(v) - 20 lky ls de&


(c) - 21 ls 35 lky &
(l) - 36 ls 40 lky &
(n) - 40 lky ls T;knk&

(v) - dksbZ vkSipkfjd fk{kk ugh &


(c) - izkFkfed fon;ky; &
(l) - ek/;fed fon;ky; &
(n) - mPp fon;ky; &
(;) - e/;e &
(j) - fMIyksek iwoLZ ukrd ZLukrdksRrj &

56

(v) - x`fg.kh &


(c) - Lo fu;ksftr &
(l) - IkzkbosV ukSdjh &
(n) - ljdkjh ukSdjh &

(v) - 5000 ls de &


(c) - 5001 ls 10000 &
(l) - 10001 ls 15000 &
(n) - 15001 ls T;knk &

(v) - UkkfHkdh; &


(c) - Lka;qDr &
(l) - foLrkfjr &

(v) - gkW
(c) - ugh

(v) izkbZejhxzsfoMkA
(c) eYVhiyxzsfoMkA

57

1 tUe ds le; cPps dk otu fdruk gksrk gSA


(v) - 2.5 fdyks xzke ls deA
(c) - 2.5 ls 3.9 fdyks xzkeA
(l) - 4 ls 4.5 fdyks xzkeA
(n) - 4.5 fdyks xzke ls vf/kdA

2 fuEufyf[kr dkjdksa es ls dkSu lk dkjd cPps ds fodkl dks izHkkfor dj ldrk gSA
(v) tyok;q
(c) - vkenuhA
(l) - iksk.kA
(n) - vkuqokafkdrkA

3 fuEufyf[kr es lss dkSu lk y{k.k ekW dks ,d lky ds cPps es ns[kuk pkfg,A
(v) - cPpk glrk vkSj eqLdqjkrk gSA
(c) - cPpk ihNs ls fdukjs dh vksj eqMrk gSA
(l) - ,d pht dks id ds j[kuk
(n) - cPpk viuh xnZu dks ?kqekrk gS ,d rjQ ls nwljh rjQA

4 fdl ekg es cPpk vids flj ij fu;arz.k ik ysrk gA


(v) - 0 ls 2 ekg
(c) - 3 ls 6 ekg
(l) - 7 ls 9 ekg
(n) 10 ls 12 ekg

58

5. fdl ekg es cPpk fcuk leFkZu ds [kMk gksrk gSA


(v) - 6 ls 7 ekg
(c) - 8 ls 9 ekg
(l) - 10 ls 11 ekg
(n) - 12 ekg esA

6 fdl ekg es flj dh ifjf/k vkSj Nkrh dh ifjf/k leku gksrh gSA
(v) - 4 ls 6 ekg
(c) - 7 ls 8 ekg
(l) - 9 ls 10 ekg
(n) - 11 ls 12 ekg

7 cPkiu es fodkl dh nj ukiuk D;ks vo;d gksrk gSA


(v) - Ik;kZIr yEckbZ ,oa otu ns[kus ds fy, A
(c) - dqiksk.k dk irk yxkus ds fy,A
(l) - ekbyLVksu es gqbZ nsjh dk irk yxkus ds fy,A
(n) - mi;ZqDr lHkhA
8 ,d lky dh mez es fkkq dh lkekU; yEckbZ gksrh gS
(v) - 21 ls 40 ls0eh0A
(c) - 41 ls 60 ls0eh0A
(l) - 61 ls 80 ls0eh0A
(n) - 81 ls 100 ls0eh0A

59

9 fdl mez es CkPps dks ,d NksVh nwjh ds Hkhrj oLrq,as fn[kkbZ nsuh kq# gksrh gSA
(v) - tUe lsA
(c) - 1 ekgA
(l) - 2 ekgA
(n) - 3 ekgA

10 og mez ftlesa cPpk nwljksa dh vkokt dh udy djuk izjEHk djrk gSA
(v) - 5 ls 6 ekg esA
(c) - 7 ls 8 ekg esA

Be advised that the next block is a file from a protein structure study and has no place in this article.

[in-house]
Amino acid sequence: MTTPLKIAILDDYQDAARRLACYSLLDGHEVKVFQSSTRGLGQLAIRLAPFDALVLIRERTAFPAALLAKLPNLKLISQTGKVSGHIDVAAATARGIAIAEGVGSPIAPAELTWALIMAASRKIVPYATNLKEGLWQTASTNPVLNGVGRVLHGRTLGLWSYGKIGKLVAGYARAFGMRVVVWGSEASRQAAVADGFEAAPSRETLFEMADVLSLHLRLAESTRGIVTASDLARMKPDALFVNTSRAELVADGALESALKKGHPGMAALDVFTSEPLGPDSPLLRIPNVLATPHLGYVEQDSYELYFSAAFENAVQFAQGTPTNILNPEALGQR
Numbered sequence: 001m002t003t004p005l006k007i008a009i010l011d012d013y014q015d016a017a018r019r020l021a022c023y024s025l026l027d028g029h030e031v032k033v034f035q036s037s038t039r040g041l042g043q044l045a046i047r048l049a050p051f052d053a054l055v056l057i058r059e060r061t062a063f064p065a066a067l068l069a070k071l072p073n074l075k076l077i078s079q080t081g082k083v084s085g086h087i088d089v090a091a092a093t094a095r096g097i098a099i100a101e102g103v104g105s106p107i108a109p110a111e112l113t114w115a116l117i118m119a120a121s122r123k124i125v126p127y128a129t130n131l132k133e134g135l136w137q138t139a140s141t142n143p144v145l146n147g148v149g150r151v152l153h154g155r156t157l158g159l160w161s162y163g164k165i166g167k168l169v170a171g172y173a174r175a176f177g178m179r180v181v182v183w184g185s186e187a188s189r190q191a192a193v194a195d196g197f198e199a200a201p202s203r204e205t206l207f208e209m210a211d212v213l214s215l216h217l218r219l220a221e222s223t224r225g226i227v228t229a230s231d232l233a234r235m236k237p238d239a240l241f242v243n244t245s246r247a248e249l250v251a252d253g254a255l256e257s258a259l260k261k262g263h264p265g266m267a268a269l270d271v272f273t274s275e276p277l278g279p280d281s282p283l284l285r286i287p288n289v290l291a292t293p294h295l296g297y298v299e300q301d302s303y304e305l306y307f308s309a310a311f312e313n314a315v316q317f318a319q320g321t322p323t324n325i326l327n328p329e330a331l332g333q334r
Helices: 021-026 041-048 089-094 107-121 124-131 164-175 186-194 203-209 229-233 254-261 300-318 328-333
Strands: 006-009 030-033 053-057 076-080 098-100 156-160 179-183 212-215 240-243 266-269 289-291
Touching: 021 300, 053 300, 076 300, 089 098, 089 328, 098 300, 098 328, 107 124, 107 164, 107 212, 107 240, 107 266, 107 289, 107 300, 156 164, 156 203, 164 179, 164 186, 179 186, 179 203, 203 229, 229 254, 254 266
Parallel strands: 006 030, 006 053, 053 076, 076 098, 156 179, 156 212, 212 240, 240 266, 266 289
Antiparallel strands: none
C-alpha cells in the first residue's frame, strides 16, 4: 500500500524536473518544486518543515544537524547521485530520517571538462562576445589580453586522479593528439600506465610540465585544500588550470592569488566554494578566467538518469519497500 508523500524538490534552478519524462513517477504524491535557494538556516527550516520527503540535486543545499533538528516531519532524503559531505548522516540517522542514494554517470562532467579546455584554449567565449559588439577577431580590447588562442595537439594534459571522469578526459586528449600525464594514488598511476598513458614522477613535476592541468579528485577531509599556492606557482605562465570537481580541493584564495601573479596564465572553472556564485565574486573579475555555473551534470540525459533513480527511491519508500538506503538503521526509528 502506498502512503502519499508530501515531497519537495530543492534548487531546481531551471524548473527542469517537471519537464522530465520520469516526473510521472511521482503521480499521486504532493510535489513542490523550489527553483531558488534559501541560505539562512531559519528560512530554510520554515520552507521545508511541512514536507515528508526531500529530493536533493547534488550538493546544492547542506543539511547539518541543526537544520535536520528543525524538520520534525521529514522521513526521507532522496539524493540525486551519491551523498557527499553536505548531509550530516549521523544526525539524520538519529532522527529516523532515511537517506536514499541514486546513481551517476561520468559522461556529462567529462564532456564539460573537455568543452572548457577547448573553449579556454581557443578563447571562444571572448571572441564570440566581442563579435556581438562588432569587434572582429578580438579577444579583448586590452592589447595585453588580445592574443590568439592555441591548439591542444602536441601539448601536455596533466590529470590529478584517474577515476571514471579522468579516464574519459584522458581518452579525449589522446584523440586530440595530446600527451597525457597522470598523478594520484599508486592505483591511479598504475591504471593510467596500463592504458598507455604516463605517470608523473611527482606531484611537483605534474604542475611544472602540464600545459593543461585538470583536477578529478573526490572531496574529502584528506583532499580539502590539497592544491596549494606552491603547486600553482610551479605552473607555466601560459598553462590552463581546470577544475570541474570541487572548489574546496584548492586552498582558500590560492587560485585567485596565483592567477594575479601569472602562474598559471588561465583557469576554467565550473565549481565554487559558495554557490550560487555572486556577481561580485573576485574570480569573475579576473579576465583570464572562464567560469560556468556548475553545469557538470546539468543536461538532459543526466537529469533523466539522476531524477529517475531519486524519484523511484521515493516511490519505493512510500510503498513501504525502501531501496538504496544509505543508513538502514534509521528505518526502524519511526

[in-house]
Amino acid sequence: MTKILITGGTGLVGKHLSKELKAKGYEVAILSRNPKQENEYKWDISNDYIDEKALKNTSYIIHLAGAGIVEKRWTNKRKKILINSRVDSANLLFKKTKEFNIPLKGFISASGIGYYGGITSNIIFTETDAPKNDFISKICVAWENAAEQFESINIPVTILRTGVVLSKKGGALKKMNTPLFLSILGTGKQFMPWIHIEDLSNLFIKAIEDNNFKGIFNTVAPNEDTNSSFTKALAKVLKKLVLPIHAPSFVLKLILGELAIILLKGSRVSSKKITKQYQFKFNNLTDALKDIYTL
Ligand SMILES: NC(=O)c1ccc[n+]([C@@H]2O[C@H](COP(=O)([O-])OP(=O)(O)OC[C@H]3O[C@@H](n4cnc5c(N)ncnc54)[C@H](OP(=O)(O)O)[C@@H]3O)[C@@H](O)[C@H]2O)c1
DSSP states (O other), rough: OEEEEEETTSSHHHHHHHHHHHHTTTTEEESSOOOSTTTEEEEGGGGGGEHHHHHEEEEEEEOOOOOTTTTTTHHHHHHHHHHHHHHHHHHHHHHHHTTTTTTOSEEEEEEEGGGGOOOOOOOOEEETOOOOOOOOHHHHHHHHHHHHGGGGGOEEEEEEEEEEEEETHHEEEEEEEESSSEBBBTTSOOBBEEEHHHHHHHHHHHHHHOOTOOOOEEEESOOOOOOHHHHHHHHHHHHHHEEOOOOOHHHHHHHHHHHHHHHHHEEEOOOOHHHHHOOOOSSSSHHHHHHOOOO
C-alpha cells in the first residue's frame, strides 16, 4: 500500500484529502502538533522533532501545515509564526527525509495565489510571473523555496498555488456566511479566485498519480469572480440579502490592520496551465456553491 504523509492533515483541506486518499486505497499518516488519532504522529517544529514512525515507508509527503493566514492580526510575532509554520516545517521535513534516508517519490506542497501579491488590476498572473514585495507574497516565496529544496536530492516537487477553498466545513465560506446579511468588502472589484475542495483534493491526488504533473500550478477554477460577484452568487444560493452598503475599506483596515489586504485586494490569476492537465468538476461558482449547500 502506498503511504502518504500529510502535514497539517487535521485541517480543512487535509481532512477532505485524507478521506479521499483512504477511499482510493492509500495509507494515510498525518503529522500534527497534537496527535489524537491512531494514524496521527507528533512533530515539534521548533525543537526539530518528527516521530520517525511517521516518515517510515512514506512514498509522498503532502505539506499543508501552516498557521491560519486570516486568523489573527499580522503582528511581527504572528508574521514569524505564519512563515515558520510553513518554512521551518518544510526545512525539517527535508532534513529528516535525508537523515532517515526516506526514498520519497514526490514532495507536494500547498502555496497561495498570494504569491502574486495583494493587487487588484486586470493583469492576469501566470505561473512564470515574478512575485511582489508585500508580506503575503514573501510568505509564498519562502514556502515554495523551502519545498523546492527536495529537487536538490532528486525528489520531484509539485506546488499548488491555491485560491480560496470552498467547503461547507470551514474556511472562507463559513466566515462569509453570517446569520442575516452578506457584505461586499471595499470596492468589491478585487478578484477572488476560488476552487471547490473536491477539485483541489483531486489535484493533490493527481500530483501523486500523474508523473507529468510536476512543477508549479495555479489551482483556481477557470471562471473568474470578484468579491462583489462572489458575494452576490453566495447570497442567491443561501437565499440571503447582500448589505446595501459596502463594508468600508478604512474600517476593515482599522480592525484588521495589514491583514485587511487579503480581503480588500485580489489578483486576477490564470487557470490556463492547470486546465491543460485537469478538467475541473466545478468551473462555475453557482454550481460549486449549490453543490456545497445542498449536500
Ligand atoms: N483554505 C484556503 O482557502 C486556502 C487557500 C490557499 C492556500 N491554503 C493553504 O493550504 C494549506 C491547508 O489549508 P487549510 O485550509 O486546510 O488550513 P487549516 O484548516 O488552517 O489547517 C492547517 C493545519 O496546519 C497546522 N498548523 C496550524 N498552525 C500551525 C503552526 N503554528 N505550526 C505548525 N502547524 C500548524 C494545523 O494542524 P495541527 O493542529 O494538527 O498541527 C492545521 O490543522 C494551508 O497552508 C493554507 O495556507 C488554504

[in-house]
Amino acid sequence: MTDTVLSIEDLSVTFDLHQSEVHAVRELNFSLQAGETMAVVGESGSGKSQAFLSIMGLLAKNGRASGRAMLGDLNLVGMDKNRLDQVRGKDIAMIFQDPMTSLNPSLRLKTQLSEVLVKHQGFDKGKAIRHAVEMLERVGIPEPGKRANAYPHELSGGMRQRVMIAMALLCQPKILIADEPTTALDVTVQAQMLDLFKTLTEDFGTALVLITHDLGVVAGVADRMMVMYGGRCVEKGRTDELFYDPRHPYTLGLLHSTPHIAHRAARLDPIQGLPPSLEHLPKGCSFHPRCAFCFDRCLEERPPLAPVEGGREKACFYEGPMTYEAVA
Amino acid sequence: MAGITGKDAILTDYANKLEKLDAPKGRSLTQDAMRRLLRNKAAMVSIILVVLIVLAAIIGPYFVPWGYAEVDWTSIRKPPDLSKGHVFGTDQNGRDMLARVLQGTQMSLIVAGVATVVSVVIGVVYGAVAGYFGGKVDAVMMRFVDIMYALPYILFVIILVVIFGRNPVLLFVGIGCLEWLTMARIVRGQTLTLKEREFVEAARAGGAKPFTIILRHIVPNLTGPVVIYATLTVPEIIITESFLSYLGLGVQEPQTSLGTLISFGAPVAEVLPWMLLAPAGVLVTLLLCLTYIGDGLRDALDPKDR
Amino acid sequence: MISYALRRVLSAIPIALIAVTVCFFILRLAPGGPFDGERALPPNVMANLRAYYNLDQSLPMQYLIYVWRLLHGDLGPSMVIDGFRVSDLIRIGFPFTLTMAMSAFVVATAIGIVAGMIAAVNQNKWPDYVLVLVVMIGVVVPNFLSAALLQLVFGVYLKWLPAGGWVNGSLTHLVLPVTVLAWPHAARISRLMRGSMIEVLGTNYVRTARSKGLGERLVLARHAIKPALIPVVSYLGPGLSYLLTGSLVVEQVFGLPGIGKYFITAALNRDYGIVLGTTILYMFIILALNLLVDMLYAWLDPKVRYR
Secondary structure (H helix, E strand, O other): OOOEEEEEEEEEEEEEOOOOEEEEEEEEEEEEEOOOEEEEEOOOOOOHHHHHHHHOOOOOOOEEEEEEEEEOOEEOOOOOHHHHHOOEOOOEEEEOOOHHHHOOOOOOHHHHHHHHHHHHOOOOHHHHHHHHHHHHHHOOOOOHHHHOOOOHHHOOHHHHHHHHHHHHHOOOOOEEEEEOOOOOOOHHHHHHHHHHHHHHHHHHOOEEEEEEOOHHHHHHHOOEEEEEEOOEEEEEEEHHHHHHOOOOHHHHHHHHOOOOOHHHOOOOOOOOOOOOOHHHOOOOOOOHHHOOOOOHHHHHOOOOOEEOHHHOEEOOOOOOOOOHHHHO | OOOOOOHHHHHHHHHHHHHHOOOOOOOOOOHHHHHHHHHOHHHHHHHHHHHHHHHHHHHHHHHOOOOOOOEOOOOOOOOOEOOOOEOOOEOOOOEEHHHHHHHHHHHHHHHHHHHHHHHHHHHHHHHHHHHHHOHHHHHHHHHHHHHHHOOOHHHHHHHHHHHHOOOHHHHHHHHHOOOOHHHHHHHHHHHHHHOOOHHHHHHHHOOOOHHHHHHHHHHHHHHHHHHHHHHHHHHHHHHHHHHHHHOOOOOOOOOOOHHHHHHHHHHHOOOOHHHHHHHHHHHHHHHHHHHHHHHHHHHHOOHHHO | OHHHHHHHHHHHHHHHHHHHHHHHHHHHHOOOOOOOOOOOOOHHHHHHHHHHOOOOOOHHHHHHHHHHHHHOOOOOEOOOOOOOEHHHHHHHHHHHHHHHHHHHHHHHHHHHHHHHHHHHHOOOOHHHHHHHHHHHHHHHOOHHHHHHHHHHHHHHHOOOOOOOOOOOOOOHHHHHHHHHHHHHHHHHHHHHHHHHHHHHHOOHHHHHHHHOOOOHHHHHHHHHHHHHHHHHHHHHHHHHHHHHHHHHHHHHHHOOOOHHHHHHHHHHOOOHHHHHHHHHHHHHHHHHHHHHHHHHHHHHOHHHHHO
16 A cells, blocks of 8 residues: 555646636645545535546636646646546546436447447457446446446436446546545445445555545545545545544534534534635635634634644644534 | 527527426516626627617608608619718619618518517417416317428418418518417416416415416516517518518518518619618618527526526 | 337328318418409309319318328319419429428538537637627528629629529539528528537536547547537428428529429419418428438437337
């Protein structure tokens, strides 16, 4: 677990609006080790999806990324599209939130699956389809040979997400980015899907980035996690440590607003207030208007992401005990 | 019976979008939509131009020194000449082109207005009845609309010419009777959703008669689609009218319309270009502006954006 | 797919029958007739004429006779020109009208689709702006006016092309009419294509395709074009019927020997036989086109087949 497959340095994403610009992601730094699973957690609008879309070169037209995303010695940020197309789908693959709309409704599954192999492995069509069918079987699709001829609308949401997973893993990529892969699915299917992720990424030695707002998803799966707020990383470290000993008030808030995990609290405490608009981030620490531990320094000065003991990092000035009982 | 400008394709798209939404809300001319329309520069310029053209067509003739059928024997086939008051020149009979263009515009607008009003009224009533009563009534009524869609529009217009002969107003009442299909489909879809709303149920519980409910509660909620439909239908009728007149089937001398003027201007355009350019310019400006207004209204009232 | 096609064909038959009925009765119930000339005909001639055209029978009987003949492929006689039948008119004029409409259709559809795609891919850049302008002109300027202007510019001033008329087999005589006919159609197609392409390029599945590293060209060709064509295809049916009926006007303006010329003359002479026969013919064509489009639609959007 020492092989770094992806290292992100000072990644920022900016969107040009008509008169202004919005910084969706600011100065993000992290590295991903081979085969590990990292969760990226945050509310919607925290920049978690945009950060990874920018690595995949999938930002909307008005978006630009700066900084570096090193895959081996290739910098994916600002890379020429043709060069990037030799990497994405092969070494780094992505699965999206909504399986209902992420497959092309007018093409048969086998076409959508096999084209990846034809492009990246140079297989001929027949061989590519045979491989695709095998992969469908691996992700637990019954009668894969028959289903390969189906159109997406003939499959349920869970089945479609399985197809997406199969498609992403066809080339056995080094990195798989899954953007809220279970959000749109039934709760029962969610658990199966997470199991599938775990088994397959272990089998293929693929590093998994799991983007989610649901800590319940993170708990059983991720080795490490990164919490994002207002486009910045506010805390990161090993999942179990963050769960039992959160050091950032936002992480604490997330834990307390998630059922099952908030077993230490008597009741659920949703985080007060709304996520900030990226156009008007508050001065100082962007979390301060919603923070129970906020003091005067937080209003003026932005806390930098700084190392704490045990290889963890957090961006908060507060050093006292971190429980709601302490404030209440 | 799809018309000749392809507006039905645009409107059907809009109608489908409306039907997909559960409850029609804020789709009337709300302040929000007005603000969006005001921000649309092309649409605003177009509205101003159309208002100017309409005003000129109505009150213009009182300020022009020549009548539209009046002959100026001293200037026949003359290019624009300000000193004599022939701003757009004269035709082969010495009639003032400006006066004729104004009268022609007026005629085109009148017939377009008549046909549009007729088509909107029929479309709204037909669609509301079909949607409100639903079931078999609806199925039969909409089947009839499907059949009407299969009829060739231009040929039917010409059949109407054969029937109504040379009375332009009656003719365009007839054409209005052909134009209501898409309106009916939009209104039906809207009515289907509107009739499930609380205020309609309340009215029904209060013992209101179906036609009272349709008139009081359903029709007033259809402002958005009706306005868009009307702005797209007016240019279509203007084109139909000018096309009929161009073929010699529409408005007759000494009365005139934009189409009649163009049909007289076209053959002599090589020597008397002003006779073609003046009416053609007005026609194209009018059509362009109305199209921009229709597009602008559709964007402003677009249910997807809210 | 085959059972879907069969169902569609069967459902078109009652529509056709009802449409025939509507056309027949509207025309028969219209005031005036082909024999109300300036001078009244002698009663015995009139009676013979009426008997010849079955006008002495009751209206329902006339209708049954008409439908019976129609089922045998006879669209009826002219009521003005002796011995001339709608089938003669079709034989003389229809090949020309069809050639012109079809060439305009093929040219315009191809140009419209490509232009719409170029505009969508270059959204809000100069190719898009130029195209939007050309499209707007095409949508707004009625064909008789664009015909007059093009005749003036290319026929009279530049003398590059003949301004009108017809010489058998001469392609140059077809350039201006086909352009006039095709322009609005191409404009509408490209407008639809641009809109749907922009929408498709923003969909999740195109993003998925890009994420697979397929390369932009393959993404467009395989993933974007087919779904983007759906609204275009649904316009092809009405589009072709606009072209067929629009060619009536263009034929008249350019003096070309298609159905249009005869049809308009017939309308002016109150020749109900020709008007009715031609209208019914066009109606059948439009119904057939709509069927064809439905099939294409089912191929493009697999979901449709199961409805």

(l) - 9 ls 10 ekg esA
(n) - 11 ls 12 ekg esA

11 fdl mez ds cPps dks nwj gksus ij ?kcjkgV gksrh gSA


(v) - 2 ls 3 ekg esA
(c) - 4 ls 6 ekg esA
(l) - 7 ls 9 ekg esA
(n) - 10 ls 12 ekg esA

12 fdl mez es cPps dh jax n`fV vPNh gksrh gSA


(v) - 0 ls 1 ekg esA
(c) - 2 ls 3 ekg esA
(l) - 4 ls 5 ekg esA
(n) - 6 ls 8 ekg esA

60

13 bues ls D;k Pkhts LikZ dks NksM dj cPps dks izkRs lkfgr dj ldrh gSA
(v) -?kjsyw oLrq,aAs
(c) - uhUn A
(l) - f[kykSukA
(n) - elktA

14 vki cPps es LikZ dh Hkkouk dSls fodflr djksxsA


(v) - Ropk LikZA
(c) - fkkq ds xkyks dks NqukA
(l) - gFksyh ls LVksdA
(n) - mi;ZqDr lHkhA

15 bues ls dkSu lk dFku cPps ds lkekftd fodkl ls lECkfU/kr gSA


(v) - vius gkFkks ls [kkukA
(c) - mBus ds fy, vius gkFkksa dks mBkukA
(l) vius LFkku dh ns[kHkky djuk
(n) - vius ekrk firk dks cpkukA

16 fdl mez es cPpk viuh ekW dks igpkurk gSA


(v) - 0 ls 1 ekg esA
(c) - 2 ls 4 ekg esA
(l) - 5 ls 6 ekg esA
(n) - 7 ls 8 ekg esA

61

17 fdl mez es cPpk nwljs dks ns[k dj glrk gSA


(v) - 2 ls 4 ekg esA
(c) - 5 ls 7 ekg esA
(l) - 8 ls 10 ekg esA
(n) - 11 ls 13 ekg esA

18 fdl mez es cPpk nwljs dks vius f[kykSus nsuk kq: djrk gSA
(v) - 6 ekg esA
(c) - 12 ekg esA
(l) - 24 ekg esA
(n) - 36 ekg ;k mlls T;knkA

19 fdl mez es cPpk niZ.k es viuh :fp fn[kkrk gSA


(v) - tUe ls 3 ekg esA
(c) - 4 ls 6 ekg esA
(l) - 7 ls 12 ekg esA
(n) - 1 lky ;k mlls tknkA

20 2 ls 6 ekg es cPps ds ikl blds vykok fokskrk,sa gksrh gSA


(v) - nwljs cPpks dks ns[kukA
(c) - cPps dk ckWy mBkus okyk [ksy [ksyuk
(l) - psgjk igpkuukA
(n) - ijskkuh ds le; jksuk ,oa vkjke dh rykl djukA

62

21 laKkukRed izfdz;kvksa es bls NksM dj vkrk gSA


(v) - lkspus dh izfdz;kA
(c) - leL;ksa dks lqy>kukA
(l) - kkjhfjd fodklA
(n) - vuosk.kA

22 fdl mez ds cPpk lkekU; dFku tSls & ekW dks nsuk ,oa firk dks VkVk djuk le>rk
gSA
(v) - 2 ls 5 ekg esA
(c) - 6 ls 9 ekg esA
(l) - 10 ls 13 ekg esA
(n) - 14 ls 17 ekg esA

23 bues ls D;k cpiu es laKkukRed fodkl ls lEcfU/kr ugh gSA


(v) - vkokt dh rjQ viuk eqgW ?kqekukA
(c) - pEep ds fy,s viuk eqgW [kksyukA
(l) - vius uke ds fy, tokc nsukA
(n) - fdlh ds vkdkj dks ns[k ds nkZukA
24 fdl ekg es cPpk vius uke dks tkurk gSA
(v) - 2 ls 4 ekg esA
(c) - 5 ls 7 ekg esA
(l) - 8 ls 9 ekg esA
(n) - 10 ls 12 ekg esA

63

25 cPpk fdl ekg es nks ;k nks ls vf/kd kCn vFkZ ds lkFk cksyrk gS vkSj ugh dks flj ds
fgykus ls nkZrk gSA
(v) - 5 ls 6 ekg esA
(c) - 7 ls 8 ekg esA
(l) - 9 ls 10 ekg esA
(n) - 11 ls 12 ekg esA

26 uSfrd fodkl ls vki D;k le>rs gksA


(v) - Lkekt ds izfr mfpr O;ogkj dk fodklA